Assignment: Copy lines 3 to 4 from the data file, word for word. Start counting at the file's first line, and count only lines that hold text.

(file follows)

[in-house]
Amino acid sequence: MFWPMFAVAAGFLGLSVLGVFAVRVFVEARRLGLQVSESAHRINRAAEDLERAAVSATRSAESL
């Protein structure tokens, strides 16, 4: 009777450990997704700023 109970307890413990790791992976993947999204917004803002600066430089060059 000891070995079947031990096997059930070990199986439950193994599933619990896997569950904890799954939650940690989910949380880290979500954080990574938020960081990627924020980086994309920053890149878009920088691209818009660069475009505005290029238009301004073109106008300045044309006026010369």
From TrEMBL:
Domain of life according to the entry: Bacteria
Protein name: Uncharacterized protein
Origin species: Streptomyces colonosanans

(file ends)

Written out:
């Protein structure tokens, strides 16, 4: 009777450990997704700023 109970307890413990790791992976993947999204917004803002600066430089060059 000891070995079947031990096997059930070990199986439950193994599933619990896997569950904890799954939650940690989910949380880290979500954080990574938020960081990627924020980086994309920053890149878009920088691209818009660069475009505005290029238009301004073109106008300045044309006026010369």
From TrEMBL: